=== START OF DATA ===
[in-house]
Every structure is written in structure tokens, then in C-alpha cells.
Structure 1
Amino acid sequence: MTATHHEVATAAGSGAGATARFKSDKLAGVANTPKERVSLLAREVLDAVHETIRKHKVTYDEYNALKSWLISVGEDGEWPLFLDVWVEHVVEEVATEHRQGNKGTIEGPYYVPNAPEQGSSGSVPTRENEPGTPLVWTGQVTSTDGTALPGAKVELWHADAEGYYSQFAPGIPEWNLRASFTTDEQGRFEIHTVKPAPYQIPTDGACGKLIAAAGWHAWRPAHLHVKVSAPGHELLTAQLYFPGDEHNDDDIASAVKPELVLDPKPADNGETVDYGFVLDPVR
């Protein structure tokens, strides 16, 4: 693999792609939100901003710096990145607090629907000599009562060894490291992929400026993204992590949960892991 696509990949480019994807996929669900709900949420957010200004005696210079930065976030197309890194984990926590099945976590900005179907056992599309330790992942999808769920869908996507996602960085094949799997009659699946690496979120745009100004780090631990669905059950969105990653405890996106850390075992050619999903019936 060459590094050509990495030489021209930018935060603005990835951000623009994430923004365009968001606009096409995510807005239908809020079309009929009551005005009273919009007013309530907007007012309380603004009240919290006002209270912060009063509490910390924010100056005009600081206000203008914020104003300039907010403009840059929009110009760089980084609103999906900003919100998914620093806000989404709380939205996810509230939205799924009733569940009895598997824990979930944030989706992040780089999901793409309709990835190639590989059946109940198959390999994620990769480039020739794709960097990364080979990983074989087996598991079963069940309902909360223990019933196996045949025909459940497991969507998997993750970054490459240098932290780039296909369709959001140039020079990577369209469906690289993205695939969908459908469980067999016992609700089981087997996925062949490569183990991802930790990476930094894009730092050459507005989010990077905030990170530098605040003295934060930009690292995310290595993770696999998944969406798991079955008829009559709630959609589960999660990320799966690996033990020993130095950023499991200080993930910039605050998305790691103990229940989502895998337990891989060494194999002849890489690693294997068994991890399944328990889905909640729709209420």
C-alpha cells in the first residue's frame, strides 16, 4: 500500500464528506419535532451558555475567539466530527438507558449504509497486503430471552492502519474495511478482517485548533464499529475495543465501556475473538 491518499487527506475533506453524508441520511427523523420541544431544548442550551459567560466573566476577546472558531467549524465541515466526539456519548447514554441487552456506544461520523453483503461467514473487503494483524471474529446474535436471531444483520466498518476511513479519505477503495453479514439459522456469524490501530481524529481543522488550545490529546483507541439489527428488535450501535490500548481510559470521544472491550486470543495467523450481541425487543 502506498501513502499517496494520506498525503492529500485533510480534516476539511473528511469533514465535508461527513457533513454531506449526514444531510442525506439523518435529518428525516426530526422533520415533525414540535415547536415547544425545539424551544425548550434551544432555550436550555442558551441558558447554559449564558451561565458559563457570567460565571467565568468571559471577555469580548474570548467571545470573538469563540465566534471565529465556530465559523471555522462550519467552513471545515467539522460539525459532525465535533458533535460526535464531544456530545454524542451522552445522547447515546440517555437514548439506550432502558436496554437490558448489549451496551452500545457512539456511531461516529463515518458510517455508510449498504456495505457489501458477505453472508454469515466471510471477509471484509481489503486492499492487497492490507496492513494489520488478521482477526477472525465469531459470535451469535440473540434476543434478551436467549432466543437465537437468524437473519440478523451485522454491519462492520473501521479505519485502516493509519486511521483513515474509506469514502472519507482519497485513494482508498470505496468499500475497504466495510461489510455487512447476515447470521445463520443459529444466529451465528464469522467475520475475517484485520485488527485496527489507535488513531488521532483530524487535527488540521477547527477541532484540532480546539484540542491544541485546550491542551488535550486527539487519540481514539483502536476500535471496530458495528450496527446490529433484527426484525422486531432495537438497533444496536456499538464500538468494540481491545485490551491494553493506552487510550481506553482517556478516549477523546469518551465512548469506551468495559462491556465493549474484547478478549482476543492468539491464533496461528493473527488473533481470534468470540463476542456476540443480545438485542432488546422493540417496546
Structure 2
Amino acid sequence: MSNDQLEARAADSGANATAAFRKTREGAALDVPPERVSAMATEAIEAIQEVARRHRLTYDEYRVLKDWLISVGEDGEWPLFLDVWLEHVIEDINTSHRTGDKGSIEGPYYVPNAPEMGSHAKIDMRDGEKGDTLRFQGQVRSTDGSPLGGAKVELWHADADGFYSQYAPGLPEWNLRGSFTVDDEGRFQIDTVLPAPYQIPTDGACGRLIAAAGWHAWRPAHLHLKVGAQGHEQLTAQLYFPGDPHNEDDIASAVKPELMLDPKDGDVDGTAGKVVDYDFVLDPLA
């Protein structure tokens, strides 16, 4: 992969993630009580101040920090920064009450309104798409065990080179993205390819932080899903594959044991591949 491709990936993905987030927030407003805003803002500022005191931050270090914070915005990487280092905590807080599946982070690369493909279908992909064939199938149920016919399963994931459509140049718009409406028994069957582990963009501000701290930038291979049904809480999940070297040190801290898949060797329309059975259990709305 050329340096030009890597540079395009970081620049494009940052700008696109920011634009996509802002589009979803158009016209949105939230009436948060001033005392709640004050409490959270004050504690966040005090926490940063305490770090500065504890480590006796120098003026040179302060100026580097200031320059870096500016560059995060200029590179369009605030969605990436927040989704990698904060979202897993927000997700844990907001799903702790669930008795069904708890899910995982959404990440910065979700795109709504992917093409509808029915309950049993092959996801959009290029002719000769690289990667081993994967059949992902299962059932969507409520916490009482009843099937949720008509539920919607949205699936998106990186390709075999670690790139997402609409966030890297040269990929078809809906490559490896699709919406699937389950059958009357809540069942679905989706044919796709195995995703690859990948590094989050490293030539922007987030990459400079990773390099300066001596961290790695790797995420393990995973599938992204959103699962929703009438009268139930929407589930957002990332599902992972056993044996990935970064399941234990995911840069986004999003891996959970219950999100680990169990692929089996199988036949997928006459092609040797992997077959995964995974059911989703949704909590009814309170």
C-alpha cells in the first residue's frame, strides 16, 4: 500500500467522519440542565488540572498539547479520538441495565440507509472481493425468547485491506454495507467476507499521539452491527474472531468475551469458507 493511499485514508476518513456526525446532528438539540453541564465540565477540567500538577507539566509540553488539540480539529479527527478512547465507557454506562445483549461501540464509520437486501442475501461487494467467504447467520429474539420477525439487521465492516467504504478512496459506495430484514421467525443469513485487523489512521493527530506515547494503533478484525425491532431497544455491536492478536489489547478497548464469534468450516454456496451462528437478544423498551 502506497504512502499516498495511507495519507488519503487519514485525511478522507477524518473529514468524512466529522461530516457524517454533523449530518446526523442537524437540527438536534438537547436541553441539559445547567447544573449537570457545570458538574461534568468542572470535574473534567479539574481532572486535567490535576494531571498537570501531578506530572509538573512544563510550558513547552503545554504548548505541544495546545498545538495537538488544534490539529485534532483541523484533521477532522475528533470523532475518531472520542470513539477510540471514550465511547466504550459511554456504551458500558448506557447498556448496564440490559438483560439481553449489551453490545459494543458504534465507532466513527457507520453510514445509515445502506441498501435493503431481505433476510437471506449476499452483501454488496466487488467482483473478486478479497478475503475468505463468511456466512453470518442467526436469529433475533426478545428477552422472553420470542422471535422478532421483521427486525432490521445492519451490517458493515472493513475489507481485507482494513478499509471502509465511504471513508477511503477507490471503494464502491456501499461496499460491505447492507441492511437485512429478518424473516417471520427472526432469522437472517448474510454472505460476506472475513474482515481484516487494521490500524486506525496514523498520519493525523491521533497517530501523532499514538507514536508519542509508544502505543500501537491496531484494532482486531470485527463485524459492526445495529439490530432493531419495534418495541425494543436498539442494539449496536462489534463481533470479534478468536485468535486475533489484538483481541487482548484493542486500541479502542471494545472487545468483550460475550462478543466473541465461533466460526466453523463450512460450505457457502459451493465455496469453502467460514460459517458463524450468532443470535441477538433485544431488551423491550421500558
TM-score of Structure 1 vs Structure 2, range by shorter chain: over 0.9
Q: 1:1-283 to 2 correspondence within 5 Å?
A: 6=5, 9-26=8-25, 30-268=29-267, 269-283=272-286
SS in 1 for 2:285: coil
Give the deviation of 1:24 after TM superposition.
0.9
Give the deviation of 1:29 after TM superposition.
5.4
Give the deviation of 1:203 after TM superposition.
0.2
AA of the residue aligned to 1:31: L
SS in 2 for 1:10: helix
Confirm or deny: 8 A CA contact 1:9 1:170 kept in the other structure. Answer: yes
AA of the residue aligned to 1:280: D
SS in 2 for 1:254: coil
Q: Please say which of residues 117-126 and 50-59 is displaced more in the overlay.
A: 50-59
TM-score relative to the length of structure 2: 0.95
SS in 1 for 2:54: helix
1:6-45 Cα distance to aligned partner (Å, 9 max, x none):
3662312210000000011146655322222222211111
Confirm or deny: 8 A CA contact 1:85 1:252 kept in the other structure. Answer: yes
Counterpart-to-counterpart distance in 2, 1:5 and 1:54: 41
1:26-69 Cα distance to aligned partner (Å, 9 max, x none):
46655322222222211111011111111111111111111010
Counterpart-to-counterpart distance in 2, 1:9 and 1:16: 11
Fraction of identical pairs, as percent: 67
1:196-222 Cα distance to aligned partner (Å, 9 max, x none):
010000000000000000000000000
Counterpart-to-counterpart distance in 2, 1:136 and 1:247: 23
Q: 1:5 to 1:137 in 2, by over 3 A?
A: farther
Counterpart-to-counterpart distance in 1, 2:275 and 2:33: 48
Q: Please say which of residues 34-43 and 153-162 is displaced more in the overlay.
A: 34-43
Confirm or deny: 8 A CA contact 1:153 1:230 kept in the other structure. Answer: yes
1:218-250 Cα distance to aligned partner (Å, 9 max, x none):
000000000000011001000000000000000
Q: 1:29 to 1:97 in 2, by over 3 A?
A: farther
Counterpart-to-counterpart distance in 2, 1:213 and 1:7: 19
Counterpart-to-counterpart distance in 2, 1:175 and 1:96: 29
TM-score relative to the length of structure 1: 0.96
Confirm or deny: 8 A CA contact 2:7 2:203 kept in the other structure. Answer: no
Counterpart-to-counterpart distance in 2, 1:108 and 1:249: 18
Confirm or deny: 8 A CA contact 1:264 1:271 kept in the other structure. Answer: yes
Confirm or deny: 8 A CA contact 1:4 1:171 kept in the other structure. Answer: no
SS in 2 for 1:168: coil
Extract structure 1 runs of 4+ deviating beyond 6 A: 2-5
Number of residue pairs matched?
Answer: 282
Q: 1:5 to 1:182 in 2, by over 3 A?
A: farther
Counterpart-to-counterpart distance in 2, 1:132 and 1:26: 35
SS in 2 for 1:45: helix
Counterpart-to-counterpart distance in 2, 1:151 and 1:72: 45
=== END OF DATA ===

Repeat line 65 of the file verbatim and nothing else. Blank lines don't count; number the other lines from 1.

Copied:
SS in 2 for 1:45: helix